Median and average wages

Discussion in 'Politics' started by billwald, Oct 5, 2009.

  1. billwald

    billwald
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    http://www.ssa.gov/OACT/COLA/central.html

    Interesting. You all understand the difference and why it is important?

    (ten guys sitting in a tav. Median pay is $25K and average pay is $40K. Bill Gates walks in. Median pay is $26K and average pay is $40 million.)

    In the bottom graph note how the only years where the difference decreases is in relation to Republican presidents and Billy Jeff's administration . . . effect probably lags the administrative policies . . .

    when were the rich not getting richer?
     
  2. alatide

    alatide
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    The NASDAQ went from 2,800 in Jan 2001 to 1,200 in Sept 2002 (Dot Com Crash). That correlates with the rise of the median/average ratio in 2001 and 2002. My guess would be that's what made the difference.
     
  3. Dragoon68

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    What's the point? Median and mean (average) are both valid parameters to consider when evaluating data sets. So are other parameters.

    Data can be often be skewed to whatever point you want to make which is why looking at it in different ways is a good idea.

    For example: A 10% tax on $10,000 is $1,000 while a 5% tax on $10 million is $500,000. You can say that the later paid 50% less tax (rate) than the former or you can say that the later paid 500% more tax (amount) than the former. You can also say that the later paid $490,000 more tax (absolute amount) than the former! Which point do you want to make?
     
    #3 Dragoon68, Oct 6, 2009
    Last edited by a moderator: Oct 6, 2009
  4. Nonsequitur

    Nonsequitur
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    And bless your little heart. The people that lost money must have just made your little body shake with giddy delight.
    Ask your daddy what he lost.
    Then ask if he can still afford keeping you on the internet trolling around to make stories to tell to your 5th-grade all girl students.
     
  5. Salty

    Salty
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    Just wondering - if those folks kept their portfoilo intact - no sales - no purchaes - where do they stand now?

    Salty

    ps - I do not own any stock, bonds, 401k, ect - just a little in a passbook savings.
     
  6. Nonsequitur

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    Good Question!

    Well, I lost about 2/3rds.
    My Family lost over 1/2.
    Some of my friends lost 1/4.

    Are we going to cry over it?
    Are we going to lose our way of life?
    No.
    All of us who had money in stocks, bonds, etc. only had what we could afford to buy into the stock market what we could buy through HARD WORK and SAVINGS.
    None of us are stupid enough, (even though our looks, actions, or the best testings available say other-wise) to to put all of our money that we need to survive into the market.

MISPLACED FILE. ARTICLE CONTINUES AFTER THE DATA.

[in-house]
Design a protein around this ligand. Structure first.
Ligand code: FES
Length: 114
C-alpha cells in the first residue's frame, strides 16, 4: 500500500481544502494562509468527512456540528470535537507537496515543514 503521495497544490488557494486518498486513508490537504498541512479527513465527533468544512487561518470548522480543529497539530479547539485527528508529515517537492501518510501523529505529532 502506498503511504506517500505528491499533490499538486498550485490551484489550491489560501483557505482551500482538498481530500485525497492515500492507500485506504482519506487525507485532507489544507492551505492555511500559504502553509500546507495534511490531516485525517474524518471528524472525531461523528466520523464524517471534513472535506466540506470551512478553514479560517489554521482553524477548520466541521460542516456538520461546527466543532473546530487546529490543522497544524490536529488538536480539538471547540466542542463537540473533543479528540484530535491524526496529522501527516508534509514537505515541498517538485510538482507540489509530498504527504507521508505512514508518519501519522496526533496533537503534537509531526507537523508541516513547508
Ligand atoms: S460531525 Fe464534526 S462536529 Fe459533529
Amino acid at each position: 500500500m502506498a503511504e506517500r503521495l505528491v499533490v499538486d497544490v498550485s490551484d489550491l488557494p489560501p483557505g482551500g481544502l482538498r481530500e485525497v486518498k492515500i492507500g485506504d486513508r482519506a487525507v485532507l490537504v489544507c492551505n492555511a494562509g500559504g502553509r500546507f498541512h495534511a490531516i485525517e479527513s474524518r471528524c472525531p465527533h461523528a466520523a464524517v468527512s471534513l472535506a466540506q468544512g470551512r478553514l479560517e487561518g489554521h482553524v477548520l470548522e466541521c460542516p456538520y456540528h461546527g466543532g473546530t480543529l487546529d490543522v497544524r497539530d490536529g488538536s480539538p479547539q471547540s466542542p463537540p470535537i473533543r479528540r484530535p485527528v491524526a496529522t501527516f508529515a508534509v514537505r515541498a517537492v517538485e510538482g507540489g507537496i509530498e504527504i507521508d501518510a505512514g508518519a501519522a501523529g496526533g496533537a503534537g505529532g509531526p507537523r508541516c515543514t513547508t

How does that go?
    "I've got a shot-gun, rifle and four-wheel drive, and a country boy can survive."
    Bottom line: Keep the d&#n goverment out of my finances. It's none of their business.
     
  7. Salty

    Salty
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  8. billwald

    billwald
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    The increasing difference between average and median income indicates the growing increase between the median working class person and the median owner class person.
     
  9. targus

    targus
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    Well, if a working class person is dissatisfied with their income they could always become an owner clas person.

    Just put your assest on the line, mortgage your house, dip into your savings, work twelve hours or so a day for six or seven days a week and try to make a go of a business of your own.

    There are no gaurantees, but there was no gaurentee for the owner class persons that made it.
     
  10. alatide

    alatide
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    My Daddy is dead. Thanks for making me think about that.
     
  11. billwald

    billwald
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    You have bought into the big scam to the class war going WITHIN the working class. A small time shop keeper is a member of the middle class at most. Most fail in a year or so.


    I would say that owner class starts someplace in excess of a million new a year . . . someone who can spend a million a year without any financial worries.

    http://www.economist.com/daily/news/displaystory.cfm?story_id=14584960&fsrc=nwl

    From Economist.comA quarter of America's total income is earned by the top 1%


    AMERICA is the wealthiest country in the world and its rich keep earning more. In 2007, the latest year for which data are available, the top 1% increased their share of the country's income to 23.5%, according to analysis of tax returns by a pair of economists, Emmanuel Saez and Thomas Piketty. The concentration of income earned by this top percentile now stands at its highest since 1928. Two-thirds of the country's total gains in the five years to 2007 accrued to the top 1%, whereas the bottom 90th percentile saw only 12% of the extra income.
     

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